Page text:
“Transportation projects,” such as roads and bridges;
“Utility projects,” such as projects necessary to produce and transmit electricity;
“Residential projects” if they are exclusively designated as affordable housing;
“Projects already underway” on a single-family home or occupied apartment unit, but only if the construction crew has five or fewer individuals;
“Projects already underway” on a residential unit, where the work must proceed in order for the unit to be occupied by the date set in a legally binding agreement;
Projects involving facilities that manufacture, distribute, store, or service goods or products that are sold online or by essential retail businesses, as defined by Executive Order No. 107 (2020);
“[D]ata centers or facilities that are critical to a business’ ability to function”;
“[T]he delivery of essential social services,” such as homeless shelters;
First responders, such as police and fire departments, related to their response to the coronavirus emergency;
A contract with the federal, state, county, or municipal government;
Securing or abating any hazards on a non-essential construction project site; and
“[E]mergency repairs necessary to ensure the health and safety of residents.”
If a business is engaged in an essential construction project, it must adopt certain policies designed to mitigate the spread of the coronavirus COVID-19. Those policies are generally designed to encourage social distancing and other hygienic practices that reduce the spread of the virus. In addition, businesses engaged in essential construction projects must send home workers with symptoms of COVID-19, must notify its workers of any known exposure to COVID-19 at the worksite without violating their employees’ privacy rights, and must disinfect the worksite when a worker at the site has been diagnosed with the illness.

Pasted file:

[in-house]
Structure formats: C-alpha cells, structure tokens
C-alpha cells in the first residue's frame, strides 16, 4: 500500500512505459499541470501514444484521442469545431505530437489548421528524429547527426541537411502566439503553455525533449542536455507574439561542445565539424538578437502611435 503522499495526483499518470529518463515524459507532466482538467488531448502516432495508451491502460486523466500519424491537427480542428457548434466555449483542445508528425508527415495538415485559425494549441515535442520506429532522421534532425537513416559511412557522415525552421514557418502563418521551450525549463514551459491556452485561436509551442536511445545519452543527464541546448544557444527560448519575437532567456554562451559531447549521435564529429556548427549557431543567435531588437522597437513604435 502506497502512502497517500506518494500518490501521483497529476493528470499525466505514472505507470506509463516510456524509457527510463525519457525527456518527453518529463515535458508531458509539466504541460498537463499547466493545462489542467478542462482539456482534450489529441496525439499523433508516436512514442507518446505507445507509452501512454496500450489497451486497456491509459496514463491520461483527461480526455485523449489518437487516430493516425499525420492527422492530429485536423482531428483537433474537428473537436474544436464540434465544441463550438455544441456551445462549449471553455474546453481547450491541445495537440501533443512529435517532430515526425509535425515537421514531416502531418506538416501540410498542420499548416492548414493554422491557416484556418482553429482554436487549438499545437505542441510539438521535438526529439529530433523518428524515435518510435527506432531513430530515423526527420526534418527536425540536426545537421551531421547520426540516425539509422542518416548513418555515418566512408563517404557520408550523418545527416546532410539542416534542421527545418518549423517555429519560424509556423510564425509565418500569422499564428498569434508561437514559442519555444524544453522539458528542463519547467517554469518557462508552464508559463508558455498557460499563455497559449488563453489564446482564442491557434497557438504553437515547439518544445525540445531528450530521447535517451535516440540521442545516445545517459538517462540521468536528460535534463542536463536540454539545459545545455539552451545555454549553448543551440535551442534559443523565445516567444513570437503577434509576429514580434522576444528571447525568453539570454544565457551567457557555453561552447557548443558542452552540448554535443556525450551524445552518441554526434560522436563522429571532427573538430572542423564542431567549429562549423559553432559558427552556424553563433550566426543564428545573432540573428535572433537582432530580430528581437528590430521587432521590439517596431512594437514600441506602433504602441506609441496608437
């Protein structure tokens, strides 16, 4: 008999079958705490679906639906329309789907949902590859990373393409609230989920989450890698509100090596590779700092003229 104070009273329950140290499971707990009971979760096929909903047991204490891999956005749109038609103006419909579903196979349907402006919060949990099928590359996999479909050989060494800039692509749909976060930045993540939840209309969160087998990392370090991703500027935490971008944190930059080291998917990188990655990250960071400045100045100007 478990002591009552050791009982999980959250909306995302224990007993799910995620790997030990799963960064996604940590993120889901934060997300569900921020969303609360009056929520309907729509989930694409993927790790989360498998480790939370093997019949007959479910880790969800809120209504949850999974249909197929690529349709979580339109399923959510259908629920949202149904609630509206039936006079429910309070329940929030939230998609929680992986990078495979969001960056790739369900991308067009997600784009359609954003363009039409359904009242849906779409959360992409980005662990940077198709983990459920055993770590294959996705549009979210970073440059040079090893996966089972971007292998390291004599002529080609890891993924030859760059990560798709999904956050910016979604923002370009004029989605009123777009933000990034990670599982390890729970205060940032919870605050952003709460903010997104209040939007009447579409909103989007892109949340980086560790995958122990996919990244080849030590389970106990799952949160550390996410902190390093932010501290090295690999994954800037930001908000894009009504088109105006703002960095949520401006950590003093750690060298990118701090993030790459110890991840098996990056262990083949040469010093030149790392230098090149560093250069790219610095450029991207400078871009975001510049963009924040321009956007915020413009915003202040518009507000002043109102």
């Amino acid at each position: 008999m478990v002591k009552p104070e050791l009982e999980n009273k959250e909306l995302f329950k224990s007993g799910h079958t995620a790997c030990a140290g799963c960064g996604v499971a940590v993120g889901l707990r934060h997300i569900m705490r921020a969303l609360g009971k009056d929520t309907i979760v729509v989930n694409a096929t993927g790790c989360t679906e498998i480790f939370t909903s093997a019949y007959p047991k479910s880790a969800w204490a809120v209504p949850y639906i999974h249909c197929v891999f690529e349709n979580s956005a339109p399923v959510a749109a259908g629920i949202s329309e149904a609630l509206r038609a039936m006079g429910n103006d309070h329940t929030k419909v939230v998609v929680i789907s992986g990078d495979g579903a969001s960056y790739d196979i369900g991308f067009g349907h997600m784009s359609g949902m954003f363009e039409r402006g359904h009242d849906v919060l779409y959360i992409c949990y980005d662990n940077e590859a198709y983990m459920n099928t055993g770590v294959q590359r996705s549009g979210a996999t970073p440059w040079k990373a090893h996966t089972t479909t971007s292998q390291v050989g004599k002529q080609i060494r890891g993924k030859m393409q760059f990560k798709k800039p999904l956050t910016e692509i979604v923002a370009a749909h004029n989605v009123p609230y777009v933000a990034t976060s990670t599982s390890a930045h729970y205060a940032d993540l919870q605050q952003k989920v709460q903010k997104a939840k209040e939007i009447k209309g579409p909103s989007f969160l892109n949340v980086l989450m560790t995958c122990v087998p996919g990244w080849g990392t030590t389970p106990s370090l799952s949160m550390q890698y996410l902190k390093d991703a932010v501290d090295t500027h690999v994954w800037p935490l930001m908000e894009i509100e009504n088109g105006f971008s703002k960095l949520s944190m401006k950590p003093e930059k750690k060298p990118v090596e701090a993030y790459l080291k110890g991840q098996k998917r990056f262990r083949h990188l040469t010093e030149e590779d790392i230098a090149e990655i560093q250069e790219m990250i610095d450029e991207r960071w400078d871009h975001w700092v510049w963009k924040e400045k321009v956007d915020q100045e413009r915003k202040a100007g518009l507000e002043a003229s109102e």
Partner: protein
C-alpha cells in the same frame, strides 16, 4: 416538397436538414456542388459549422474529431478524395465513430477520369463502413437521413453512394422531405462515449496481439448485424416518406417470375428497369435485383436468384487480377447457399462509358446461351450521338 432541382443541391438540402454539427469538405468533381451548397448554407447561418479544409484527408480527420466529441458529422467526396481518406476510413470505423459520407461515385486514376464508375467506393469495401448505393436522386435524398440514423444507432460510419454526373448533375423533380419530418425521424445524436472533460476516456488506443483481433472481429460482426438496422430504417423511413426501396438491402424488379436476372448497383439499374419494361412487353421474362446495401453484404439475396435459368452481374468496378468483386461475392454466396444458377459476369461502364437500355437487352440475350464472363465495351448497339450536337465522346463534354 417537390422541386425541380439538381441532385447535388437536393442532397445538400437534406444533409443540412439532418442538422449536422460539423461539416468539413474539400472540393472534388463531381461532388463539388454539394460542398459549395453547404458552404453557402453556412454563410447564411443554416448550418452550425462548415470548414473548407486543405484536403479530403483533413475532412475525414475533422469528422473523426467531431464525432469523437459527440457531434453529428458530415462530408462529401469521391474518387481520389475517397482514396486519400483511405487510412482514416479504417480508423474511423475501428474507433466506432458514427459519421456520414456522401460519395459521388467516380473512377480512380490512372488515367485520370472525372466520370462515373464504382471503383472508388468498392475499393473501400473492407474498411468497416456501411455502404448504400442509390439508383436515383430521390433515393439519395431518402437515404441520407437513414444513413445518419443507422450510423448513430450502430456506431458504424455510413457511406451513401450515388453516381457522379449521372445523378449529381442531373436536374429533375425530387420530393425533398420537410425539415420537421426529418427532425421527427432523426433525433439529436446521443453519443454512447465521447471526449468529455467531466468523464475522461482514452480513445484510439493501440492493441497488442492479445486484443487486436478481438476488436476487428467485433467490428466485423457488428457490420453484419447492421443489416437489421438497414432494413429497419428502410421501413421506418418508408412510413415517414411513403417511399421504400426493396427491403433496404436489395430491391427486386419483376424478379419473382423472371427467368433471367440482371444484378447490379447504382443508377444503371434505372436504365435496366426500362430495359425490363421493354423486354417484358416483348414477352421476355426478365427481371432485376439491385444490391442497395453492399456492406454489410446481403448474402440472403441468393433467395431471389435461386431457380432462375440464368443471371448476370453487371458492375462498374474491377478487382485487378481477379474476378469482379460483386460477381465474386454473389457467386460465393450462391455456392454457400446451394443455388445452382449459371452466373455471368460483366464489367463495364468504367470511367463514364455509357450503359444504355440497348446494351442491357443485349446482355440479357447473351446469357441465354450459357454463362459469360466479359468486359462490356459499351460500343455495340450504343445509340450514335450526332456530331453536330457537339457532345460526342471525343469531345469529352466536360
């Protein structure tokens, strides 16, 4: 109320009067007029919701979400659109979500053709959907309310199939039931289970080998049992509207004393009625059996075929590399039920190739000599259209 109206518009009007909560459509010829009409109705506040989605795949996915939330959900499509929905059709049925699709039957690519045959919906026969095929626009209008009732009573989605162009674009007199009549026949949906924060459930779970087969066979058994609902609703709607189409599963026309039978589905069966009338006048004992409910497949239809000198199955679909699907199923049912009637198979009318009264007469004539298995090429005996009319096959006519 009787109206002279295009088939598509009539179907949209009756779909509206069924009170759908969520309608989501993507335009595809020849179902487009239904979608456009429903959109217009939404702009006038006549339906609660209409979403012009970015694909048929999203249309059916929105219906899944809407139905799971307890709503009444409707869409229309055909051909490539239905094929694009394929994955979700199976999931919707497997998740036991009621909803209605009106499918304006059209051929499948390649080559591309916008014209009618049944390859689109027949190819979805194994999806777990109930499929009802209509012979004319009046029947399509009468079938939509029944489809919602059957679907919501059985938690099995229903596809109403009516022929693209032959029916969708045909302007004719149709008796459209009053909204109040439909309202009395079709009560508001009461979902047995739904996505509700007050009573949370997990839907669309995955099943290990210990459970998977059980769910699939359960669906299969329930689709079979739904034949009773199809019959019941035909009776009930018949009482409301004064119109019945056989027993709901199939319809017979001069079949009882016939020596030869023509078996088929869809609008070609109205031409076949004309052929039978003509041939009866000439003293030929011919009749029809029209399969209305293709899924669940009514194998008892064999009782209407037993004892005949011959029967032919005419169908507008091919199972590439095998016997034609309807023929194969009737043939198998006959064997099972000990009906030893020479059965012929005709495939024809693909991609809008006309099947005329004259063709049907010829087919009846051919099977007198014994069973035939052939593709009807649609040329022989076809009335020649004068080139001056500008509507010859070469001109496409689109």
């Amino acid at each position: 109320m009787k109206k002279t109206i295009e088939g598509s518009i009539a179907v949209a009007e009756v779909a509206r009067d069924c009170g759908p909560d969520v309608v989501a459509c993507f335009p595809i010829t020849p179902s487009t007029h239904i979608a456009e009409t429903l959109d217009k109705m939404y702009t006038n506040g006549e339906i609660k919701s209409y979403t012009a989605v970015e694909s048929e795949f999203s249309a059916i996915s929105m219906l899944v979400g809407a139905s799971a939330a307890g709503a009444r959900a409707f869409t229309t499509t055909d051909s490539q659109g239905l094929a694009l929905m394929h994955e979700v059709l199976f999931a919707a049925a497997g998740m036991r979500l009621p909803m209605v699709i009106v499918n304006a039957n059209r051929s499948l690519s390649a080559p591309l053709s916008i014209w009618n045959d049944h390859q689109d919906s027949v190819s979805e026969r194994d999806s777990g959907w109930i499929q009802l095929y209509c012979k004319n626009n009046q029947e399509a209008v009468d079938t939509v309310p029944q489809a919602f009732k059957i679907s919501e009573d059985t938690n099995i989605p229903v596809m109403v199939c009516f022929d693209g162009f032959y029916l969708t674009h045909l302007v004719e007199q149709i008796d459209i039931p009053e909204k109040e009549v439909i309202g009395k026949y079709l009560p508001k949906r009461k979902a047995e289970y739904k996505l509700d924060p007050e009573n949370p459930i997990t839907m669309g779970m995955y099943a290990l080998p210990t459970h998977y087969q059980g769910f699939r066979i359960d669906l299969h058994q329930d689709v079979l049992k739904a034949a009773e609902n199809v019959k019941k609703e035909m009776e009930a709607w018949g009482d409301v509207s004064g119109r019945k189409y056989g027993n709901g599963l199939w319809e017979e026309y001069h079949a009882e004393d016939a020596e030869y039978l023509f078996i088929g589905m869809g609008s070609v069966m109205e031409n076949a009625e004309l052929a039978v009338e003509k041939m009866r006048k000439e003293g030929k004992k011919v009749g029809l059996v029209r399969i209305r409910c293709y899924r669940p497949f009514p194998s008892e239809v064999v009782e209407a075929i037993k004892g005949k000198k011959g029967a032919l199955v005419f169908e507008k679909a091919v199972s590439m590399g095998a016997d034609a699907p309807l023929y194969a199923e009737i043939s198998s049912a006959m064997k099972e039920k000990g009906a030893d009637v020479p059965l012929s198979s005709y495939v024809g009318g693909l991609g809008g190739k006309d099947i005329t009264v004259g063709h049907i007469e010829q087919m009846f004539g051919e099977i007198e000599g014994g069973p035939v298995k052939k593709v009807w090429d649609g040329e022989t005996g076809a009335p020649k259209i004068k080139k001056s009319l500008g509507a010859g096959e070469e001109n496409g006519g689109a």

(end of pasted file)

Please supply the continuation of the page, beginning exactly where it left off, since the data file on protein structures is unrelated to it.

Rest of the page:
EO 122 will remain in effect until Governor Murphy revokes or modifies it. Unlike the Commonwealth of Pennsylvania, there does not appear to be a formal waiver process. The full text of EO 122 can be found on the State of New Jersey website here.
Blank Rome’s Princeton office and Coronavirus (“COVID-19”) Task Force are monitoring this ever-changing situation and are here to help. Please contact us if you have any questions about contract compliance during the COVID-19 crisis or any other related commercial issues.
The coronavirus COVID-19 health crisis has interfered with ongoing and future business arrangements throughout New Jersey. As a result, New Jersey businesses that are parties to existing contracts may have rights in the event that they, or their counterparty, are unable to meet their obligations due to COVID-19. There are several legal doctrines that New Jersey businesses may look to in these situations, including impossibility, impracticability, frustration of purpose, and force majeure.
Generally, contract liability is strict liability. This means that a party who breaches a contract is liable for damages even without fault. See Restatement (Second) of Contracts, ch. 11, Introductory Note. However, a party may be able to invoke impossibility, impracticability, frustration of purpose, or force majeure to excuse its failure to perform its contract obligations based on an unforeseen supervening event. Continue reading “When Things Are Not “Business as Usual”: COVID-19 and Contract Defenses”